We have been looking forward for a replacement of Virtualbox OSE . This thing started our quest for finding a Virtualization application to fulfill the needs with an easy-to-use procedure. We found KVM in Add/remove while we were looking for something alike YaVM – Yet another Virtual Machine (An application developed for openSUSE in 2006 to serve as basic virtual machine that comes with the os preinstalled). Xen , the geeky Virtual machine by SUSE linux enterprise is a virtualization powerhouse. While Xen offers quite complex procedure requiring you to boot a patched Xen kernel to create and run a Virtual machine – KVM is a loadable module which runs with the OS’s default kernel module. The only thing it requires is that your processor should have the architecture to support visualization .
For this type:
in the terminal and see the result:
QEMU PC emulator version 0.9.1 (kvm-84), Copyright (c) 2003-2008 Fabrice Bellard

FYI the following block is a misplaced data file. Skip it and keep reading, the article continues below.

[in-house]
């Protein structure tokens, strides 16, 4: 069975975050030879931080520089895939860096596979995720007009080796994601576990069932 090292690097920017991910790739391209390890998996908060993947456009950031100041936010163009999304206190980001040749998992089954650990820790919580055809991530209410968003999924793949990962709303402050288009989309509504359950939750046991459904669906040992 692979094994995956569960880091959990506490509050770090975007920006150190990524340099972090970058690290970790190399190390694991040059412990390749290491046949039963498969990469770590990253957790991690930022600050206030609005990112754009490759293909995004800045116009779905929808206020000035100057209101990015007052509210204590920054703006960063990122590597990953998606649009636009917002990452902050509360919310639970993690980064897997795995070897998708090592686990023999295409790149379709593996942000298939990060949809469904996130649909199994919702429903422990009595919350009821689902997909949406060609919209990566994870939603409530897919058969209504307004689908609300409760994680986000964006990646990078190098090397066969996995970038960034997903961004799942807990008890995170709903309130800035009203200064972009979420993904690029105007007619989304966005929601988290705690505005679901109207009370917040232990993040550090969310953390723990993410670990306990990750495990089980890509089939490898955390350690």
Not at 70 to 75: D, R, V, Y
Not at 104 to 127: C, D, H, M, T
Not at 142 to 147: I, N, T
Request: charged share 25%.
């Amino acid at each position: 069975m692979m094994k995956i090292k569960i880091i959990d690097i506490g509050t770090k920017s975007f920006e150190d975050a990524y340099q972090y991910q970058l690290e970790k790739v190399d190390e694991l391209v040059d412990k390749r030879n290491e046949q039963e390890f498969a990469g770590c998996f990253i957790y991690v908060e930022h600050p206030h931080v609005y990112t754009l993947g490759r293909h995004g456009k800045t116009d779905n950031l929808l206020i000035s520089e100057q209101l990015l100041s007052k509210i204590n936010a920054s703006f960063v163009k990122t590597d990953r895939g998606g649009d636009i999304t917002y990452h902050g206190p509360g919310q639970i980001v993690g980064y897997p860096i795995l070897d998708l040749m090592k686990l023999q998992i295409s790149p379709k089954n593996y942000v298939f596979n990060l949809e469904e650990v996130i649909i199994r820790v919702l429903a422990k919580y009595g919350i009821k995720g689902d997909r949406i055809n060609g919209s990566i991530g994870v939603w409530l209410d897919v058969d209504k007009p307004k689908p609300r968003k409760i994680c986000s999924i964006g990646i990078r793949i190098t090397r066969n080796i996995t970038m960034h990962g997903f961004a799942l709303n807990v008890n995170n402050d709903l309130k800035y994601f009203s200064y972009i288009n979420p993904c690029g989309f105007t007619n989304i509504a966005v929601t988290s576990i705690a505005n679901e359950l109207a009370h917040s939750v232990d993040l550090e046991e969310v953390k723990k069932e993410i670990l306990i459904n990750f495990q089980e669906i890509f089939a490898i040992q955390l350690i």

usage: qemu [options] [disk_image]
If you see the above message, then you should be smiling as you are green to go for virtualization with your hardware.
But if your CPU does not, in fact support Hardware virtuallization, you will get output such as the following:
Could not initialize KVM, will disable KVM support
Ubuntu does not support running KVM without hardware acceleration. Sorry.
So lets start our work with Virtualization weapons at hand. First, head on over to the KVM HOME PAGE
Best feature of KVM is that it is part of the OS and is not dependent upon a 3rd party vendor . Also, it’s very easy to maintain as you update your system, and load new kernel revisions, as the module will not break like VirtualBox and VMware solutions would. Also, it’s far less problematic to manage than Xen, which is entirely unsuitable for a desktop system IMO . KVM really is more of a direct competitor to Xen than to a workstation solution like VirtualBox or VMware workstation, and has some very powerful features, I will never tap into here on my home system. By design however, it’s far less intrusive on a standard Linux desktop than Xen.
Now we have our kernel module working properly and rest everything in place so must get back to business . I will use Kubuntu for the testing purpose coz its my personnel favourite and it very light too.
Follow these steps to set up your virtual Machine :-
Read the rest of this entry »